Jamal Adams
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The offensively-challenged Super Bowl should serve as a stark reminder to the New York Jets that Jamal Adams will need some help.

Geoff Magliocchetti

There are many reasons the New York Jets did not appear in Super Bowl 53. But the 13-3 slugfest was the type of game the Jets of the new century could’ve won.

About to complete its second decade, the 2000s in green New York football have been defined by defensive triumphs. Shaun Ellis and John Abraham got the decade off to a blitzing start. Receivers have gotten lost on (Darrelle) Revis Island. Jamal Adams is set to become the new face of New York football.

In today’s NFL, however, the idea of building around defense seemed dated and archaic. Perhaps influenced by a fantasy football deity, offenses have become kings in modern times. 40-point games and 300-yard passing performances have become as routine as extra points. For example, last season’s New England Patriots squad put up 33 points and 613 yards…and lost Super Bowl 52.

Yet, Super Bowl 53 was, in some ways, a refreshing change of pace, if only to see a major football game defined by defense. No touchdowns were scored until the third quarter. One team was kept out of the end zone entirely. An interception deep in opponents’ territory sealed the deal. It might’ve made for plenty of complaints from a viewing public spoiled by pinball machine scores, but the victorious New England Patriots sure weren’t complaining.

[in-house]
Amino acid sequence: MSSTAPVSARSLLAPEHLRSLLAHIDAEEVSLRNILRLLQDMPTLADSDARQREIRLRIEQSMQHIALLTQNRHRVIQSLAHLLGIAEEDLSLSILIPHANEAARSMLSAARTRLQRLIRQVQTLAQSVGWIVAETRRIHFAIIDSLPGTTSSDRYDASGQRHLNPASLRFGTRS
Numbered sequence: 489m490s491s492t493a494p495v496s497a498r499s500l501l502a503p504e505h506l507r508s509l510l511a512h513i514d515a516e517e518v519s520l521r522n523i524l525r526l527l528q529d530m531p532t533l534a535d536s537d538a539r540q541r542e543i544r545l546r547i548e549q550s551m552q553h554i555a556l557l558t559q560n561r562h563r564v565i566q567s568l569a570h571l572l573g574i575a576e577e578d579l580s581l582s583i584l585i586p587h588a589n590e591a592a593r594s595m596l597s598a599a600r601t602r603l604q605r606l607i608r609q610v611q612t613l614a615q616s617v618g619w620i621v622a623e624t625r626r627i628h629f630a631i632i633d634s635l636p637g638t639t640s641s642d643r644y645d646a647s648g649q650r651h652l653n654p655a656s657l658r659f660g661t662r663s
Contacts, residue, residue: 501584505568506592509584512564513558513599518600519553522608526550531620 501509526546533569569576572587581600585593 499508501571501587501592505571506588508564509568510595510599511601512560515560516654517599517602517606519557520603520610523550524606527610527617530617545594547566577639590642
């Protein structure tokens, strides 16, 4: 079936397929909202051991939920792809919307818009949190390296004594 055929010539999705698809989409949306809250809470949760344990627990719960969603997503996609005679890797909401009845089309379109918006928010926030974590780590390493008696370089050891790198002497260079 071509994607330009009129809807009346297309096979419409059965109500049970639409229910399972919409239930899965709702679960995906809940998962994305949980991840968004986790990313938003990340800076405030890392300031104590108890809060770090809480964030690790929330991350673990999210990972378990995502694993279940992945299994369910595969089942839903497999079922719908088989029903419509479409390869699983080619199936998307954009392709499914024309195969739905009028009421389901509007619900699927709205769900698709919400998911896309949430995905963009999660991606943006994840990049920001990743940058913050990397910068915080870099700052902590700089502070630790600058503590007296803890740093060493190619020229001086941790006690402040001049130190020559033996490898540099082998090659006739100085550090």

It may pain the Jets and their contingents to analyze yet another Patriots Super Bowl victory in further detail, but New England provided a perfect lesson: defense still matters.

The Jets obviously need to keep an eye on their offense, where their prized franchise thrower needs some new weaponry. But the defense is in a similar spot, in that they have a potential rising star headlining the unit. But, again, if he’s going to lead the Jets back to relevancy, he needs some assistance.

Safety Jamal Adams has a chance not only to become the new face of Jets football, but the face of a city starving for football prosperity. He’s fresh off one of the most eventful All-Star weekends in professional sports memory. It began with taking out the rest of the league’s frustrations on the Patriots. At its conclusion, he was standing next to Patrick Mahomes with MVP honors in an AFC Pro Bowl victory. But, as last season proved, he needs some help.

Football is a team sport, after all. Armed with over $100 million in cap space, the Jets have plenty of resources to build their first complete team since reaching a pair of AFC title games at the start of the decade. Logic dictates they should assist Sam Darnold on offense, and they’ve done so in the early goings of the offseason by welcoming back Quincy Enunwa and getting second-round assurance on Robby Anderson. But if the Jets are going to go anywhere, they need to bolster a defense that has fallen short far too often in recent memory.